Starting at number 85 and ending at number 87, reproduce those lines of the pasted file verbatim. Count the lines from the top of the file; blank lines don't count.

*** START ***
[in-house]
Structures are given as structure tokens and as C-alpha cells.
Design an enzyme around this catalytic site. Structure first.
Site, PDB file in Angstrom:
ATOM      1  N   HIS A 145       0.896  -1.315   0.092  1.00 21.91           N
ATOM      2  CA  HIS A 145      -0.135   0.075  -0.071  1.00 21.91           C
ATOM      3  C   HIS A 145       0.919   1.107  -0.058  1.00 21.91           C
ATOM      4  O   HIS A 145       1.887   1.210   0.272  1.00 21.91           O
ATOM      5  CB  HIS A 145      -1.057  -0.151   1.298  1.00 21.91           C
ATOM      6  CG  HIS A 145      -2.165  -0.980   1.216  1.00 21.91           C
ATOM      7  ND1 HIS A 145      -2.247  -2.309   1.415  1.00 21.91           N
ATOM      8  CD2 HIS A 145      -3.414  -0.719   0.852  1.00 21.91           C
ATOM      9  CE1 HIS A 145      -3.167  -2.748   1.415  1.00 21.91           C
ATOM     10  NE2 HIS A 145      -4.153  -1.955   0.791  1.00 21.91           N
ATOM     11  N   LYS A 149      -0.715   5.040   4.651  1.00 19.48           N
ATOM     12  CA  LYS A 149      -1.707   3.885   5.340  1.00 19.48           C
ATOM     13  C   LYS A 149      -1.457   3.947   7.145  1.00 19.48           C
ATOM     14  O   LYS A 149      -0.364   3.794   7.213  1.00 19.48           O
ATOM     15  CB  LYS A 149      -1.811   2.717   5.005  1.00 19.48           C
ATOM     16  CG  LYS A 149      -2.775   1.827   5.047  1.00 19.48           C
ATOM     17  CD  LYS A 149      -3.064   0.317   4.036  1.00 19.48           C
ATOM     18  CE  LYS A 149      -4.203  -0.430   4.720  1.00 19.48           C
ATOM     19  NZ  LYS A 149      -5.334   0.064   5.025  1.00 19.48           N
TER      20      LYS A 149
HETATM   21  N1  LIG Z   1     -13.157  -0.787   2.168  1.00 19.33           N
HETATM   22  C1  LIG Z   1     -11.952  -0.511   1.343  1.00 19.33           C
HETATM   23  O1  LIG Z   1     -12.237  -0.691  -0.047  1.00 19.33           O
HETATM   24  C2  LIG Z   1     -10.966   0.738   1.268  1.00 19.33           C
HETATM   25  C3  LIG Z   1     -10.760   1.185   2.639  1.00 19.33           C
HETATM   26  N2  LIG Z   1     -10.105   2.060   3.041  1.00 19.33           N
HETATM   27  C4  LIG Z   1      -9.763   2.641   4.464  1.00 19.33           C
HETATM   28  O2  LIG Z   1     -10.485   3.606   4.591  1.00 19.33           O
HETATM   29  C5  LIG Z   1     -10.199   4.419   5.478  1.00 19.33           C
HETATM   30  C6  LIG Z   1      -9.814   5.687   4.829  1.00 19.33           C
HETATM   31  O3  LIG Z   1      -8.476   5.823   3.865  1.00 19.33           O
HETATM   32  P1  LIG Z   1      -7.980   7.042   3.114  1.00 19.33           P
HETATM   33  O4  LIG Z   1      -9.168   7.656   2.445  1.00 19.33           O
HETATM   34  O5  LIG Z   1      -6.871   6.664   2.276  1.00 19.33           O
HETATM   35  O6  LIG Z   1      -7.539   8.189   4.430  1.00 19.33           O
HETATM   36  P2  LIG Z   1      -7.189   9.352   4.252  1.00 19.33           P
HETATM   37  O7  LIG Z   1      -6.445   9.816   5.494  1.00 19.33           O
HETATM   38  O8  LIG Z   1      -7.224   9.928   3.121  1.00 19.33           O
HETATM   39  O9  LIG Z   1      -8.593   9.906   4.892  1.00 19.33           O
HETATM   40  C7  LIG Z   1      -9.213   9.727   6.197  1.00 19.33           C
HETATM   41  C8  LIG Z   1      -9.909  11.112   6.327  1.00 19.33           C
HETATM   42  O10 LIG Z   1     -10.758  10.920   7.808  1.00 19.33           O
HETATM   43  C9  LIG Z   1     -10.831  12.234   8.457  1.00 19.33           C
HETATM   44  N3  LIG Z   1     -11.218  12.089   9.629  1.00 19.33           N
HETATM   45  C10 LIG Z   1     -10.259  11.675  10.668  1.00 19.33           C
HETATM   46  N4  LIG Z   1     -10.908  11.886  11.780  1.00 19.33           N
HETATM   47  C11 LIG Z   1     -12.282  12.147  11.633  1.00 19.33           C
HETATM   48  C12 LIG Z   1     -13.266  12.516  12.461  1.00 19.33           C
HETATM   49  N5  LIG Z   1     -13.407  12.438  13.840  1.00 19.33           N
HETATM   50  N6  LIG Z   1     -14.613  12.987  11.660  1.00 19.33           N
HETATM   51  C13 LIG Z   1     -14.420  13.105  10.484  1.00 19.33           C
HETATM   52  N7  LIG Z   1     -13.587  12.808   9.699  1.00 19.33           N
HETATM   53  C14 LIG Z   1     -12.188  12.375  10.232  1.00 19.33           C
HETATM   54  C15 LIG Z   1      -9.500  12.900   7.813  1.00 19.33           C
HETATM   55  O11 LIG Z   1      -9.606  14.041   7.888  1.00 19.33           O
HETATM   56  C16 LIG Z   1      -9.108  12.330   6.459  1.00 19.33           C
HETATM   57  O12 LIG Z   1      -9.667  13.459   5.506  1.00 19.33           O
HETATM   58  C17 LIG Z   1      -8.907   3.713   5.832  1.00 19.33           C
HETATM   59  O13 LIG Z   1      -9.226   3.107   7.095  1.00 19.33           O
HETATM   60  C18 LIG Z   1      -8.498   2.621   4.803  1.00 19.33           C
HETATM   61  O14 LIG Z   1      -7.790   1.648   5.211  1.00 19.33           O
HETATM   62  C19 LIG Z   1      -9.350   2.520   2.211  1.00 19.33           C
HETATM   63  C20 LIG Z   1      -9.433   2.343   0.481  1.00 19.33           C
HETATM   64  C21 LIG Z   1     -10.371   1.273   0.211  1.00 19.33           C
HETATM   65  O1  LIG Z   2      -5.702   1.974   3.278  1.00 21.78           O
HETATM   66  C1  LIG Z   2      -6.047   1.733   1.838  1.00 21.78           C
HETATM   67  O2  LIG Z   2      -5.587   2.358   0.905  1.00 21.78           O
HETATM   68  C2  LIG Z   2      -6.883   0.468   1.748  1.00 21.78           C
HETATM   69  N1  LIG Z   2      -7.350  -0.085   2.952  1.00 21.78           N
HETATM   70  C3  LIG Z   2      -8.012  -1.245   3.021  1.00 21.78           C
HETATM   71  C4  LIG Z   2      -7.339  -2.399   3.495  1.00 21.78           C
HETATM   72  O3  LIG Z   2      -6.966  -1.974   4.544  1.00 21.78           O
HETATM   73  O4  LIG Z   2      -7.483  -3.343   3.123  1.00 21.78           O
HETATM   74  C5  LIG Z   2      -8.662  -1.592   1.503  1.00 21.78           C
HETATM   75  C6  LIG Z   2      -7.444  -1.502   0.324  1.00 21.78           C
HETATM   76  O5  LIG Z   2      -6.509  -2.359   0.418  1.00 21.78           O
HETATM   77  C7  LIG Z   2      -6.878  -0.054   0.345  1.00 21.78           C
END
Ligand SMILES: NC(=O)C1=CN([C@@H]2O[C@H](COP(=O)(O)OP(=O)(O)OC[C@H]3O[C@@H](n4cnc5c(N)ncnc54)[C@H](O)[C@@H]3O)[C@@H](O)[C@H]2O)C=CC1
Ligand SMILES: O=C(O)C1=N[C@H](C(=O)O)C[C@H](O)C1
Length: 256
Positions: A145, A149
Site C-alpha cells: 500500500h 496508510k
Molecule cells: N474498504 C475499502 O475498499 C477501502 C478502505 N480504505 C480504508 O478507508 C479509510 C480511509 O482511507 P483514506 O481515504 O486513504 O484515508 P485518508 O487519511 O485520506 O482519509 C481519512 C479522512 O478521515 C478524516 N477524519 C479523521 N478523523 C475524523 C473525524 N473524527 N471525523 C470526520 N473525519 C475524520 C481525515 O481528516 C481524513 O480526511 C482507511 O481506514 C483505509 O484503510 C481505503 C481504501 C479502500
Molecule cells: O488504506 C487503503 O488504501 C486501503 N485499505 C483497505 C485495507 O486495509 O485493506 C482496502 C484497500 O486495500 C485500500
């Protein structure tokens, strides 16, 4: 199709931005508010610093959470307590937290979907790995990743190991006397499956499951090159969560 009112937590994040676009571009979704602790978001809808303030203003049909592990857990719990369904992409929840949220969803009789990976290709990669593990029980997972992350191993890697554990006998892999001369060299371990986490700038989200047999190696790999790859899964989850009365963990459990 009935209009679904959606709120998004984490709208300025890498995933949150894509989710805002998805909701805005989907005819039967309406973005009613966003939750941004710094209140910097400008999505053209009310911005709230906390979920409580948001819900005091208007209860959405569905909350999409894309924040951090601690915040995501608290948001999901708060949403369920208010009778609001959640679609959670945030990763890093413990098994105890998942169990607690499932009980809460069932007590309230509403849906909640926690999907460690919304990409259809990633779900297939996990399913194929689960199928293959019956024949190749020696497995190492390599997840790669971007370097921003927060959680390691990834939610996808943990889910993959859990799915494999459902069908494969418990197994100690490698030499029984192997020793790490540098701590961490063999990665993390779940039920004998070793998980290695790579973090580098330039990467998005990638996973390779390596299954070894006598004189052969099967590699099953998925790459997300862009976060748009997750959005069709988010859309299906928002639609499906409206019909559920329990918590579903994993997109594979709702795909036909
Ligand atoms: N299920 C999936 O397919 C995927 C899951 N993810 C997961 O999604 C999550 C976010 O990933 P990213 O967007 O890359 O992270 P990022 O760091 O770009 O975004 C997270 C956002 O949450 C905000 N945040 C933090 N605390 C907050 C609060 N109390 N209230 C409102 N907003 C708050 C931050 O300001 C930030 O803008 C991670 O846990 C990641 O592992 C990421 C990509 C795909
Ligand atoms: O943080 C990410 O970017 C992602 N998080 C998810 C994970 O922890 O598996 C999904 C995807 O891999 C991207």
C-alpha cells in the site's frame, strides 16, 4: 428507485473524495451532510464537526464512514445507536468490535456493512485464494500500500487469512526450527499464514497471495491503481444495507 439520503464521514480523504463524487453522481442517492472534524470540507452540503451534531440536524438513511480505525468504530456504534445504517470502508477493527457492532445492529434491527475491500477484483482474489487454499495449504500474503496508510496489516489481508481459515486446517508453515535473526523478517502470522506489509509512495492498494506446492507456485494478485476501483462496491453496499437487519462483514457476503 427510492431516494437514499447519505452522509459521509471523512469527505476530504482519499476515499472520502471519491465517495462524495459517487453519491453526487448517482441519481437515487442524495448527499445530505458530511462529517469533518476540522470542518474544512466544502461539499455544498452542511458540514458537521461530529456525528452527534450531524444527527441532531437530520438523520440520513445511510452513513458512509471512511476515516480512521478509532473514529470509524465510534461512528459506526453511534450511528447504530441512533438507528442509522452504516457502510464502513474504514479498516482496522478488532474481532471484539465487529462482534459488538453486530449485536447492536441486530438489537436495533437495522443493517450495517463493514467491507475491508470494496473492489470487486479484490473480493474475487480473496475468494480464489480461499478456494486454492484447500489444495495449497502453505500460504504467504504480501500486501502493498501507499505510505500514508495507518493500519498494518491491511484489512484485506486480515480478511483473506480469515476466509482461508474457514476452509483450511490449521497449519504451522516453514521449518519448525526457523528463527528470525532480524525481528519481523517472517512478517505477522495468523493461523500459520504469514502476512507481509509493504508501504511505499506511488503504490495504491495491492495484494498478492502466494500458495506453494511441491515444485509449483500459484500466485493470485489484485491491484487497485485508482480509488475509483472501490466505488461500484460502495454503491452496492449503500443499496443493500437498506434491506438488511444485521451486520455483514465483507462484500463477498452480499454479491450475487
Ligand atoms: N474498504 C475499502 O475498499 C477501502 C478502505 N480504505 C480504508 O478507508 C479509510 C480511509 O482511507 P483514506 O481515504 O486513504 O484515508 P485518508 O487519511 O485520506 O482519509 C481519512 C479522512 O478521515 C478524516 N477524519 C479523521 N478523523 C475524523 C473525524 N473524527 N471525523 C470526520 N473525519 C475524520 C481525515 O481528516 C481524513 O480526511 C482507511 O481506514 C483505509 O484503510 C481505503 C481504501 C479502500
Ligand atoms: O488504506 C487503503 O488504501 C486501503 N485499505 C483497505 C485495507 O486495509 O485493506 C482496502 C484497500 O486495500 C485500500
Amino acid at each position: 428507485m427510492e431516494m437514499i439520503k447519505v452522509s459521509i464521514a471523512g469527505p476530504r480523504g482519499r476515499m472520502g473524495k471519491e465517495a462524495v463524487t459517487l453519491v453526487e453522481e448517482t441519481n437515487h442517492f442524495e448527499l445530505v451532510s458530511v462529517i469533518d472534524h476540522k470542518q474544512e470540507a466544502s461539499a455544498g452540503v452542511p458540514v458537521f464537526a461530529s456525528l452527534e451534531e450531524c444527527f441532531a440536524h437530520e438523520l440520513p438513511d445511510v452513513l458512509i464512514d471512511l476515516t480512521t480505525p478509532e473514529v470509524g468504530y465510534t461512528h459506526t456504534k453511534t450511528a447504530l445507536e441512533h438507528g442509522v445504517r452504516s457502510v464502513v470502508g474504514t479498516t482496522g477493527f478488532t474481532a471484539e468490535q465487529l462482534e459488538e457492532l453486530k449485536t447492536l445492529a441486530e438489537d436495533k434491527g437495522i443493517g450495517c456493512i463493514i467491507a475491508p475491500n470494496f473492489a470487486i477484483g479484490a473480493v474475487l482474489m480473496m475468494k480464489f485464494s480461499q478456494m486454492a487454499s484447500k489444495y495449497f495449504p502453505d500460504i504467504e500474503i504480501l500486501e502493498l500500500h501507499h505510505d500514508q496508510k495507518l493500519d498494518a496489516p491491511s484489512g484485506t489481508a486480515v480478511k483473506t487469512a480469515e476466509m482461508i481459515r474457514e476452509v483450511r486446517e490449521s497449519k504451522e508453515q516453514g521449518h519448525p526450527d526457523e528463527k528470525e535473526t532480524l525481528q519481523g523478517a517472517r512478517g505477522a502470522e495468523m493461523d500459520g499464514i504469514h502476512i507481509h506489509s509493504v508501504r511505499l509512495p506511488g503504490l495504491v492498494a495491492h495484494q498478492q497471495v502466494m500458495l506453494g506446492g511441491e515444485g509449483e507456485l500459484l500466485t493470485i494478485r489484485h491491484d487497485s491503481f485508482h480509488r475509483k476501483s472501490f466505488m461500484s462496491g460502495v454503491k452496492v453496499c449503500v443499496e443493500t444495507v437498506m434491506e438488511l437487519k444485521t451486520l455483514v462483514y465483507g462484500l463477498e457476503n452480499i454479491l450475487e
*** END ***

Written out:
Length: 256
Positions: A145, A149
Site C-alpha cells: 500500500h 496508510k